Several intervention studies [1-3] support this finding. Each measured changes in inflammatory markers after the addition of two to three servings of dairy a day versus a soya-based food that was equal in calories. Study subjects consumed both diets, with a washout period in between. Thus, researchers were able to compare the reactions of the same individuals to the same dietary interventions. In a 2010 study, Zemel et al.  found that the consumption of 3 dairy smoothies a day for 4 weeks in overweight and obese adult males and females was associated with a significant decrease in IL-6 and TNF-α (and several other markers of inflammation) but found no positive biomarker changes with the soy control. The effect was evident after only one week of the dairy intervention, and the changes increased in magnitude over time (i.e., they never plateaued) . Importantly, the subjects in this study did not lose weight during the study period. Thus, changes in inflammatory markers could not be explained by a reduction in adipose tissue. Food could modulate immune status without concomitant weight loss .
A 2017 study by Pei et al.  came to similar conclusions as Zemel et al.  but did so using an amount and type of dairy similar to what an individual may normally consume. Sixty healthy, premenopausal women were randomized to consume approximately 1.5 cups of low-fat Yoplait yogurt (or roughly two servings of dairy) or soya pudding a day, with each intervention period lasting 9 weeks. Regardless of whether they did the dairy intervention first or second, low-fat yogurt was associated with a reduction in TNF-α , a biomarker of chronic inflammation . Importantly, this finding was true for both obese and non-obese women, suggesting that yogurt may not just treat chronic inflammation but could also be useful in its prevention.
Perhaps one of the more important aspects of Pei et al.’s  study design was the use of a commonly consumed yogurt as opposed to one that was fortified with additional probiotics. It demonstrates that important health changes can result from foods that you already have in your refrigerator and consume in quantities that are in line with current U.S. guidelines—no major dietary overhauls required. It will be interesting to see if the results of Pei et al.  can be replicated in individuals with type 2 diabetes or cardiovascular disease. If yogurt has similar effects in these individuals as it did in healthy—albeit obese—subjects, there is great potential for yogurt to transcend snack food status and become better known as medicine.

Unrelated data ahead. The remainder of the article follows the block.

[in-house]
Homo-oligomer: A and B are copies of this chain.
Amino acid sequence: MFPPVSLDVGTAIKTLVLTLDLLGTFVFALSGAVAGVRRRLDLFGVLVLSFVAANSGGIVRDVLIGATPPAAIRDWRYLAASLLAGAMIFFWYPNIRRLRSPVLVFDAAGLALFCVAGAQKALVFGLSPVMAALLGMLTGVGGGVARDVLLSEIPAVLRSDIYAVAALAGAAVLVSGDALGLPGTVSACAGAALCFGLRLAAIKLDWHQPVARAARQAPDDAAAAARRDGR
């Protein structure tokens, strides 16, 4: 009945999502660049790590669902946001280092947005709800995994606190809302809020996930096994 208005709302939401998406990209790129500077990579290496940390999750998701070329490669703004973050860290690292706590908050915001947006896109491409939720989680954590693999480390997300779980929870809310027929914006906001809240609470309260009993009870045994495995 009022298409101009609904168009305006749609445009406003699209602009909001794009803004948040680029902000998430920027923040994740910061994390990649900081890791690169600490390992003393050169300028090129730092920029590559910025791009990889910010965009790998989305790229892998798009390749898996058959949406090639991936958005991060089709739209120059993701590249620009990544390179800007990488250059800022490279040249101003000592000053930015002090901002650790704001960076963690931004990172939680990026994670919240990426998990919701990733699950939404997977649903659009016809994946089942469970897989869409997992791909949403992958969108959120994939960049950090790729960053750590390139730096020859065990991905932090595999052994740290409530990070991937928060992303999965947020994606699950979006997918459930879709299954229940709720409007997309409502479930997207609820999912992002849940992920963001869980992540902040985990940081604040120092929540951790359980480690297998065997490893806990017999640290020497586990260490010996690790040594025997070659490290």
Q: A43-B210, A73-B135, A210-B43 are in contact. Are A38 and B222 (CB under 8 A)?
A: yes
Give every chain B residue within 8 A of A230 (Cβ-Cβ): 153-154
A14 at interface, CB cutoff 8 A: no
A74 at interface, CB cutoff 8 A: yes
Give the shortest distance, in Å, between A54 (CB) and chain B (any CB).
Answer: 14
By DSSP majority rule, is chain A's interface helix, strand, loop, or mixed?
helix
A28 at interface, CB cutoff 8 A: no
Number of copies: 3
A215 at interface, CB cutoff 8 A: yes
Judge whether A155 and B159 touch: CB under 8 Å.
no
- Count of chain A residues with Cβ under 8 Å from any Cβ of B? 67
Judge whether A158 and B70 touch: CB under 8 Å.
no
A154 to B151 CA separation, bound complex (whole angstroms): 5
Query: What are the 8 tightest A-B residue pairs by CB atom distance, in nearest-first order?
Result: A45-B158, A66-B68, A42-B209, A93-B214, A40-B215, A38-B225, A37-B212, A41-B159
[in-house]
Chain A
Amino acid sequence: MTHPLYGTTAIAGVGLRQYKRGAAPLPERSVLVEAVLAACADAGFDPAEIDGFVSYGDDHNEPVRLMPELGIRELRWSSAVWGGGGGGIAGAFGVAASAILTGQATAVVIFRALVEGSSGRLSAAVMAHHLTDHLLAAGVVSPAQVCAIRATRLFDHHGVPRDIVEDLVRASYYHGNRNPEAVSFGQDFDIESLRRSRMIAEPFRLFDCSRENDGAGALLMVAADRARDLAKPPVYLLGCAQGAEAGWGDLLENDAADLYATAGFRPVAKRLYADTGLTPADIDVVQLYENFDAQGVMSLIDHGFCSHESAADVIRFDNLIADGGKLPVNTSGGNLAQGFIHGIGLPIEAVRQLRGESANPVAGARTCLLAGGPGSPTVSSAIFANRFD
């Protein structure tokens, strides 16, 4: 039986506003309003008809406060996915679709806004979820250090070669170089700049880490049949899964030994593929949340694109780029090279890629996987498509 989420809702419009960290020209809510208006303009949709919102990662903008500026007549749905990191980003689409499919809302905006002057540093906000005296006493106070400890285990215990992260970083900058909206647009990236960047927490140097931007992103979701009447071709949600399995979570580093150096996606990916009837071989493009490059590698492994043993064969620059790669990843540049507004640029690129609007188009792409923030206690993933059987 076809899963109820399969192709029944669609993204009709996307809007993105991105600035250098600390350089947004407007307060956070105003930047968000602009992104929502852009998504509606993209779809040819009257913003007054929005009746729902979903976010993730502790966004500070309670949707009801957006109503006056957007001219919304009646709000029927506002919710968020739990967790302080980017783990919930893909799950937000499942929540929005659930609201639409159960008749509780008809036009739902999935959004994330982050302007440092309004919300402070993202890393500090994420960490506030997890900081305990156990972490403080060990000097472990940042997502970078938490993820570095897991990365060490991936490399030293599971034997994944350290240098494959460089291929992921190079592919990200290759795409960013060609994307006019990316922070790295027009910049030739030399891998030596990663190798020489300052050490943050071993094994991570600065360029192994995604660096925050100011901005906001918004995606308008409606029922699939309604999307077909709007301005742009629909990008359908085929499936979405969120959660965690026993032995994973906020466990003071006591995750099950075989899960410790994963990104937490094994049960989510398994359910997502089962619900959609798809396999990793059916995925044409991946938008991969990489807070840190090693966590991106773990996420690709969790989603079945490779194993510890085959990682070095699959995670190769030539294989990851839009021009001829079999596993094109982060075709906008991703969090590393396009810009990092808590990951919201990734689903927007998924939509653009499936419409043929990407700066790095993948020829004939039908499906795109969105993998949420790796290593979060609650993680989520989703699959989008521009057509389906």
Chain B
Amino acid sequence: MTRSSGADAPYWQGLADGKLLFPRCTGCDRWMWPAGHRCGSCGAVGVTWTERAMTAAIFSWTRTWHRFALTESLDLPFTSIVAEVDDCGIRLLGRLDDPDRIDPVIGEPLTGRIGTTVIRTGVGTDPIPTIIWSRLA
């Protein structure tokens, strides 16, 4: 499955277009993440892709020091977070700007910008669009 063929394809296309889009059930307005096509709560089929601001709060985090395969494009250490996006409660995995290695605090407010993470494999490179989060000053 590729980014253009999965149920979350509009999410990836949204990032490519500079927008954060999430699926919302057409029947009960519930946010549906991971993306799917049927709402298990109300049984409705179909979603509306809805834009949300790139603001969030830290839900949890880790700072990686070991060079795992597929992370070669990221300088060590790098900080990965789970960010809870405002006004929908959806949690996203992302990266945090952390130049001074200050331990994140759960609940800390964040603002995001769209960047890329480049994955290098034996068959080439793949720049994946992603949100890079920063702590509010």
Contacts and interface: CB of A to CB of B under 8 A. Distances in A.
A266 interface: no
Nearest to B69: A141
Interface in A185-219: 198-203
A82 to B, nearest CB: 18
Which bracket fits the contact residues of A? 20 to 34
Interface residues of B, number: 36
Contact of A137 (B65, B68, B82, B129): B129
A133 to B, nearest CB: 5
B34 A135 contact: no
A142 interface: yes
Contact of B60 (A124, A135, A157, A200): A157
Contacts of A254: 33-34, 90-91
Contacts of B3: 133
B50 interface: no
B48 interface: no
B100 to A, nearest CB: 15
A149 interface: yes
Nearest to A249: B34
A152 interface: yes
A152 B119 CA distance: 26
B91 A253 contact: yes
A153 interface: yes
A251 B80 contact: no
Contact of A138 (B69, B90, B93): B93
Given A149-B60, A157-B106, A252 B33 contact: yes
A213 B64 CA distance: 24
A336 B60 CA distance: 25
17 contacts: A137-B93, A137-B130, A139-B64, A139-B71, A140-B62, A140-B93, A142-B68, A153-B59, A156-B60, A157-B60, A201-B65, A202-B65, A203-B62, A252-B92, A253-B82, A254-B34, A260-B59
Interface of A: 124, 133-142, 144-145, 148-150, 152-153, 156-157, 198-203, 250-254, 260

1. Pei R, DiMarco DM, Putt KK, Martin DA, Gu Q, Chitchumroomchokchai C, White HM, Scarlett CO, Bruno RS, Bolling BW. 2017. Low-fat yogurt consumption reduces biomarkers of chronic inflammation and inhibits markers of endotoxin exposure in healthy premenopausal women: a randomized controlled trial. British Journal of Nutrition 118: 1043-1051.
2. Van Miejl LEC, Mensink RP. 2010. Effects of low-fat dairy consumption in markers of low-grade systemic inflammation and endothelial function in overweight and obese subjects: an intervention study. British Journal of Nutrition 104: 1523-1527.
3. Zemel MB, Sun X, Sobbani T, Wilson B. 2010. Effects of dairy compared with soy on oxidative and inflammatory stress in overweight and obese subjects. American Journal of Clinical Nutrition 91: 16-22.
4. Bordoni A, Danesi F, Dardevet D, Dupont D, Fernandez AS, Gille D, Nunes dos Santos C, Pinto P, Re R, Remond D, Shahar DR, Vergères G. 2017. Dairy products and inflammation: a review of the clinical evidence. Clinical Reviews in Food Science and Nutrition 57: 2497-2525.
5. Elwood PC, Pickering JE, Fehily AM. 2007. Milk and dairy consumption, diabetes and the metabolic syndrome: the Caerphilly prospective study. Journal of Epidemiology and Community Health 61: 695-698.
6. Labonte M-E, Couture P, Richard C, Desroches S, Lamarche B. 2013. Impact of dairy product on biomarkers of inflammation: a systemic review of randomized controlled nutritional intervention studies in overweight and obese adults. American Journal of Clinical Nutrition 97: 706-717.
7. Coppack SW. 2001. Pro-inflammatory cytokines and adipose tissue. Proceedings of the Nutrition Society 6: 349-356.
8. CDC Adult Obesity Facts https://www.cdc.gov/obesity/data/adult.html.
9. Panagiotakos, DB, Pitsavos C, Chrysohoou C, Skoumas J, Tousoulis D, Toutouza M, Toutouzas P, Stefanadis C. 2004. Impact of lifestyle habits on the prevalence of the metabolic syndrome among Greek adults from the ATTICA study. American Heart Journal, 147: 106-112.